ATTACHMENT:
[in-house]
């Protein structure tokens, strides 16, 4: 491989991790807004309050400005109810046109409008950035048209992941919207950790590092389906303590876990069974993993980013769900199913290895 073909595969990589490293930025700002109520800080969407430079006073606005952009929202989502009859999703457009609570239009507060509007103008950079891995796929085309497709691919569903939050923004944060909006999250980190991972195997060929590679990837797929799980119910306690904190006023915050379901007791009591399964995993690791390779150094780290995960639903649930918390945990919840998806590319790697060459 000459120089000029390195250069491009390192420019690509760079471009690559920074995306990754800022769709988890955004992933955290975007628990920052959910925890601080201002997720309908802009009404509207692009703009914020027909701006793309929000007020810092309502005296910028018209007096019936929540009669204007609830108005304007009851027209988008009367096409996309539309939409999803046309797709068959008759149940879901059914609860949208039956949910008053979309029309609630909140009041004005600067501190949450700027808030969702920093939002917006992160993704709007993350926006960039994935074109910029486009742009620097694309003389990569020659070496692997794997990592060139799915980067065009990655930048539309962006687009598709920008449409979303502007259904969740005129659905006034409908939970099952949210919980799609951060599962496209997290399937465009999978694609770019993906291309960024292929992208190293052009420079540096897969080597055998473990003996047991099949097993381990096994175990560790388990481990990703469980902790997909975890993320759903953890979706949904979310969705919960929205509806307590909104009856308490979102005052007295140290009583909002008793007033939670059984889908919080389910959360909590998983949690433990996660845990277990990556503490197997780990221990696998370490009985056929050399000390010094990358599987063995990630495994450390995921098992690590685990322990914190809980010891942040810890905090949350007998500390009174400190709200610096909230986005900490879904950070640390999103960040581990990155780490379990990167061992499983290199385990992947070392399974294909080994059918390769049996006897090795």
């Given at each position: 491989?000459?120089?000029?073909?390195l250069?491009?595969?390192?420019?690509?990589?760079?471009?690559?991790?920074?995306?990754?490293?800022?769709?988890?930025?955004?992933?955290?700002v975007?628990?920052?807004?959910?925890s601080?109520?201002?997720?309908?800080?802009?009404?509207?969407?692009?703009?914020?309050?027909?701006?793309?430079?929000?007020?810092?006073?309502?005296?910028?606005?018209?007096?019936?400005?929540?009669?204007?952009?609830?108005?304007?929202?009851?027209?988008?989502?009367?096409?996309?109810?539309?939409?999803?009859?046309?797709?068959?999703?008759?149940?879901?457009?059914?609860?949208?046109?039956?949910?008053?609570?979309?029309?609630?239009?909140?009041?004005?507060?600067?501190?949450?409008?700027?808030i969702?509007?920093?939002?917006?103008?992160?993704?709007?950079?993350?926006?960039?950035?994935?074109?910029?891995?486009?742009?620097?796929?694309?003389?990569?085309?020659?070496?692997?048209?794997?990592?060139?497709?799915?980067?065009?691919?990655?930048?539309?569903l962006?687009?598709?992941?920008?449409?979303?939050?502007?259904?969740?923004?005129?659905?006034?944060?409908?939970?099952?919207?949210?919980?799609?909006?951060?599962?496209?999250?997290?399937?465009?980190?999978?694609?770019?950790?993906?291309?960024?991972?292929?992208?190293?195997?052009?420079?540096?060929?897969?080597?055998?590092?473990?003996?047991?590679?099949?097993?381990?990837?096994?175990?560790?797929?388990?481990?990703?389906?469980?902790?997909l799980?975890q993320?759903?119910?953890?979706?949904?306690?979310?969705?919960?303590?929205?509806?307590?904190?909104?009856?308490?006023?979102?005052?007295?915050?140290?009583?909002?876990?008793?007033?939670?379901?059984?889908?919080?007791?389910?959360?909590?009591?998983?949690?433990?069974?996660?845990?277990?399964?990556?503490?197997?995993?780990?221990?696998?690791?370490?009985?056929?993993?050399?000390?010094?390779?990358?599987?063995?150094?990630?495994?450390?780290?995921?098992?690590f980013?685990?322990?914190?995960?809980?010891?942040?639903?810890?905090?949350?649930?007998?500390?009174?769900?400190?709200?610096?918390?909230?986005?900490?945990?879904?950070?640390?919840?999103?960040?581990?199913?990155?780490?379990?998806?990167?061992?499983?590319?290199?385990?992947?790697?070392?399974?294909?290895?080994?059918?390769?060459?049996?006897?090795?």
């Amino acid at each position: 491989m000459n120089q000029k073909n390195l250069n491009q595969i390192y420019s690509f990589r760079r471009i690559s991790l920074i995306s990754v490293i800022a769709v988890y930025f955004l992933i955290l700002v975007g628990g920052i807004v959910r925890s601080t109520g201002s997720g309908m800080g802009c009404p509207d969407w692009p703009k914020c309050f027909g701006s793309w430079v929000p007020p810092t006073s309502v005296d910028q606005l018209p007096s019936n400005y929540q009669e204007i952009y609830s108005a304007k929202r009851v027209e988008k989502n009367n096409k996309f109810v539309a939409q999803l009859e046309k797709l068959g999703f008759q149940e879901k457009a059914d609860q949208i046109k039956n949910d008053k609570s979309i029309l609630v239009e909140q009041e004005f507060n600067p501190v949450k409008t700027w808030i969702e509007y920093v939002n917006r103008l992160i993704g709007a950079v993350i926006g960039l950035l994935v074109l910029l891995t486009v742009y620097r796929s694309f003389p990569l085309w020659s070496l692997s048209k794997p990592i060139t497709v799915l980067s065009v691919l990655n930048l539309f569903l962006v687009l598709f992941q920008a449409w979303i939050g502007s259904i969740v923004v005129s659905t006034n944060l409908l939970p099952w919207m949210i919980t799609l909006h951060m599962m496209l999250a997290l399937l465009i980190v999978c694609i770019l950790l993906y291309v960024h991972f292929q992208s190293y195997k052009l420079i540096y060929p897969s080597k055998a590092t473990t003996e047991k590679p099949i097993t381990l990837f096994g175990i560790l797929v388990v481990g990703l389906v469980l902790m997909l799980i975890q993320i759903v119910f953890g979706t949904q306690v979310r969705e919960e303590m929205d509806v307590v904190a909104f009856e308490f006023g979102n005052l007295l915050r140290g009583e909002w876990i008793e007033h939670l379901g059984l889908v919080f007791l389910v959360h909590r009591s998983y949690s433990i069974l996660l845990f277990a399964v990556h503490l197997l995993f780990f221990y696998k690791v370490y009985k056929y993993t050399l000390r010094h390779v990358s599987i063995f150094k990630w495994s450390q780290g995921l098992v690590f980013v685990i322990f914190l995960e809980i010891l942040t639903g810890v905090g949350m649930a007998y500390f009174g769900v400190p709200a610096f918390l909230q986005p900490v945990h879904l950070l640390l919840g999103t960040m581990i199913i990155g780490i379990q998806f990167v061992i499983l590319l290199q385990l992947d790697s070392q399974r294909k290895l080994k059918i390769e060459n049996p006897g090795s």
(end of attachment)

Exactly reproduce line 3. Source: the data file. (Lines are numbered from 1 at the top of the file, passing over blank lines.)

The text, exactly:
């Given at each position: 491989?000459?120089?000029?073909?390195l250069?491009?595969?390192?420019?690509?990589?760079?471009?690559?991790?920074?995306?990754?490293?800022?769709?988890?930025?955004?992933?955290?700002v975007?628990?920052?807004?959910?925890s601080?109520?201002?997720?309908?800080?802009?009404?509207?969407?692009?703009?914020?309050?027909?701006?793309?430079?929000?007020?810092?006073?309502?005296?910028?606005?018209?007096?019936?400005?929540?009669?204007?952009?609830?108005?304007?929202?009851?027209?988008?989502?009367?096409?996309?109810?539309?939409?999803?009859?046309?797709?068959?999703?008759?149940?879901?457009?059914?609860?949208?046109?039956?949910?008053?609570?979309?029309?609630?239009?909140?009041?004005?507060?600067?501190?949450?409008?700027?808030i969702?509007?920093?939002?917006?103008?992160?993704?709007?950079?993350?926006?960039?950035?994935?074109?910029?891995?486009?742009?620097?796929?694309?003389?990569?085309?020659?070496?692997?048209?794997?990592?060139?497709?799915?980067?065009?691919?990655?930048?539309?569903l962006?687009?598709?992941?920008?449409?979303?939050?502007?259904?969740?923004?005129?659905?006034?944060?409908?939970?099952?919207?949210?919980?799609?909006?951060?599962?496209?999250?997290?399937?465009?980190?999978?694609?770019?950790?993906?291309?960024?991972?292929?992208?190293?195997?052009?420079?540096?060929?897969?080597?055998?590092?473990?003996?047991?590679?099949?097993?381990?990837?096994?175990?560790?797929?388990?481990?990703?389906?469980?902790?997909l799980?975890q993320?759903?119910?953890?979706?949904?306690?979310?969705?919960?303590?929205?509806?307590?904190?909104?009856?308490?006023?979102?005052?007295?915050?140290?009583?909002?876990?008793?007033?939670?379901?059984?889908?919080?007791?389910?959360?909590?009591?998983?949690?433990?069974?996660?845990?277990?399964?990556?503490?197997?995993?780990?221990?696998?690791?370490?009985?056929?993993?050399?000390?010094?390779?990358?599987?063995?150094?990630?495994?450390?780290?995921?098992?690590f980013?685990?322990?914190?995960?809980?010891?942040?639903?810890?905090?949350?649930?007998?500390?009174?769900?400190?709200?610096?918390?909230?986005?900490?945990?879904?950070?640390?919840?999103?960040?581990?199913?990155?780490?379990?998806?990167?061992?499983?590319?290199?385990?992947?790697?070392?399974?294909?290895?080994?059918?390769?060459?049996?006897?090795?």